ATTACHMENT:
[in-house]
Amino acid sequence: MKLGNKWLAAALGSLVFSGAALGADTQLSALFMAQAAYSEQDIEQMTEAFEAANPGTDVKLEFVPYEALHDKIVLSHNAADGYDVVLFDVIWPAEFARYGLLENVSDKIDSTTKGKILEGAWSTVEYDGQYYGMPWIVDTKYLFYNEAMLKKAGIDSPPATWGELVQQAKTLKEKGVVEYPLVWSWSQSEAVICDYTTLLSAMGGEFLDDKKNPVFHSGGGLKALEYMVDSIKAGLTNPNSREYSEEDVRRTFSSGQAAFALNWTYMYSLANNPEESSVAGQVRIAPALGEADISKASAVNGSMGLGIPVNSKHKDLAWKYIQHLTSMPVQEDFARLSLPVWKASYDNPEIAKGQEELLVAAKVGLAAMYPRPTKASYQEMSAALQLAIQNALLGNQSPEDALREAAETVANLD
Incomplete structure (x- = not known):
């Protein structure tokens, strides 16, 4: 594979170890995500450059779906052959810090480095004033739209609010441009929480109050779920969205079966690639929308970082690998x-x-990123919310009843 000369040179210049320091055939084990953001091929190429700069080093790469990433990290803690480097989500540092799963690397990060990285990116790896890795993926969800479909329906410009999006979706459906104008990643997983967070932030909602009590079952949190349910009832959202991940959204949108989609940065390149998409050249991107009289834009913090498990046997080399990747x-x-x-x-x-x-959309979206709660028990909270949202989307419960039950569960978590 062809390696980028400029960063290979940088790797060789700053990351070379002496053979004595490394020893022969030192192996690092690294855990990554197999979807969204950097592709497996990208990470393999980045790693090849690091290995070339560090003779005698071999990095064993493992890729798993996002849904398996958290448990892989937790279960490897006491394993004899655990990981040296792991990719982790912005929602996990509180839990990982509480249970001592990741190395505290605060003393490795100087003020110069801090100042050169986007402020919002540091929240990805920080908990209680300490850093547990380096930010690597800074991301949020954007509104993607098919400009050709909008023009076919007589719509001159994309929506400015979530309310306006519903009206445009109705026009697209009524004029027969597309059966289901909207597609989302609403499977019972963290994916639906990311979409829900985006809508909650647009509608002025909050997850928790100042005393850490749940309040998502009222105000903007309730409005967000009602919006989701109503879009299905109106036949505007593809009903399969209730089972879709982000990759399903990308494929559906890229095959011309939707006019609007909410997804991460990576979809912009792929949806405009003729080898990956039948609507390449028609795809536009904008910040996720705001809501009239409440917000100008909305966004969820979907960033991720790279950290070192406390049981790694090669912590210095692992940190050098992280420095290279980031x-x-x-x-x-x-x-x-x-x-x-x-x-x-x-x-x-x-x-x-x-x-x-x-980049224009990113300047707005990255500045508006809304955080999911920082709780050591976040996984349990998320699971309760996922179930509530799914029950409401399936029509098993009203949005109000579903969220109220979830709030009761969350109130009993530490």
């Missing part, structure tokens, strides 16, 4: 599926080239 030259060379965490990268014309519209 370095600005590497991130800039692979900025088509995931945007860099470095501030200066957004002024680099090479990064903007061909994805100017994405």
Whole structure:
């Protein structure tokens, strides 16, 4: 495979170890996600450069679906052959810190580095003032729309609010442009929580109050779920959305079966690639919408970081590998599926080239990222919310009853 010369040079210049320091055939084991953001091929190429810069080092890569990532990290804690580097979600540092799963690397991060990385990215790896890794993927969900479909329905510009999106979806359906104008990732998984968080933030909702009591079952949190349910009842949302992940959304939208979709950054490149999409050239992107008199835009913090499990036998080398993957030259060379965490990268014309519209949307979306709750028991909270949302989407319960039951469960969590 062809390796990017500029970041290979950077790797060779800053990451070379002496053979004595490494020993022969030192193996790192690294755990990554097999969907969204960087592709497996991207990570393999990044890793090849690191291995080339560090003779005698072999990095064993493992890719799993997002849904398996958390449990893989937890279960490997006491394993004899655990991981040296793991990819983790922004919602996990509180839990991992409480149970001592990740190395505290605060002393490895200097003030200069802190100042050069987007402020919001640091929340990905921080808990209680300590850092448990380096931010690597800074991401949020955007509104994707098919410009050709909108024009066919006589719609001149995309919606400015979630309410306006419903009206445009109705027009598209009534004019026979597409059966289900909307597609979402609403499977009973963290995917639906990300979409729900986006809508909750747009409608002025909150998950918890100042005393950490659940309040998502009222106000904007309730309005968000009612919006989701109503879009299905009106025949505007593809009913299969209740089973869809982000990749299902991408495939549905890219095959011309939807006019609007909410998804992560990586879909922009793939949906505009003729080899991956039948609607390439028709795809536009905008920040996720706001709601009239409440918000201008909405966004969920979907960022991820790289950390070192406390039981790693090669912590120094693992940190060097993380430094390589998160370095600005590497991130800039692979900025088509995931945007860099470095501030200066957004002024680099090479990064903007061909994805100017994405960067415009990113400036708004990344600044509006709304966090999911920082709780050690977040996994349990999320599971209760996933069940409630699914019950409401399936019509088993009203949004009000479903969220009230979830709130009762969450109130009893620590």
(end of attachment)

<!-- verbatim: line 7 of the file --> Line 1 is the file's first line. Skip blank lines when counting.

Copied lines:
């Protein structure tokens, strides 16, 4: 495979170890996600450069679906052959810190580095003032729309609010442009929580109050779920959305079966690639919408970081590998599926080239990222919310009853 010369040079210049320091055939084991953001091929190429810069080092890569990532990290804690580097979600540092799963690397991060990385990215790896890794993927969900479909329905510009999106979806359906104008990732998984968080933030909702009591079952949190349910009842949302992940959304939208979709950054490149999409050239992107008199835009913090499990036998080398993957030259060379965490990268014309519209949307979306709750028991909270949302989407319960039951469960969590 062809390796990017500029970041290979950077790797060779800053990451070379002496053979004595490494020993022969030192193996790192690294755990990554097999969907969204960087592709497996991207990570393999990044890793090849690191291995080339560090003779005698072999990095064993493992890719799993997002849904398996958390449990893989937890279960490997006491394993004899655990991981040296793991990819983790922004919602996990509180839990991992409480149970001592990740190395505290605060002393490895200097003030200069802190100042050069987007402020919001640091929340990905921080808990209680300590850092448990380096931010690597800074991401949020955007509104994707098919410009050709909108024009066919006589719609001149995309919606400015979630309410306006419903009206445009109705027009598209009534004019026979597409059966289900909307597609979402609403499977009973963290995917639906990300979409729900986006809508909750747009409608002025909150998950918890100042005393950490659940309040998502009222106000904007309730309005968000009612919006989701109503879009299905009106025949505007593809009913299969209740089973869809982000990749299902991408495939549905890219095959011309939807006019609007909410998804992560990586879909922009793939949906505009003729080899991956039948609607390439028709795809536009905008920040996720706001709601009239409440918000201008909405966004969920979907960022991820790289950390070192406390039981790693090669912590120094693992940190060097993380430094390589998160370095600005590497991130800039692979900025088509995931945007860099470095501030200066957004002024680099090479990064903007061909994805100017994405960067415009990113400036708004990344600044509006709304966090999911920082709780050690977040996994349990999320599971209760996933069940409630699914019950409401399936019509088993009203949004009000479903969220009230979830709130009762969450109130009893620590």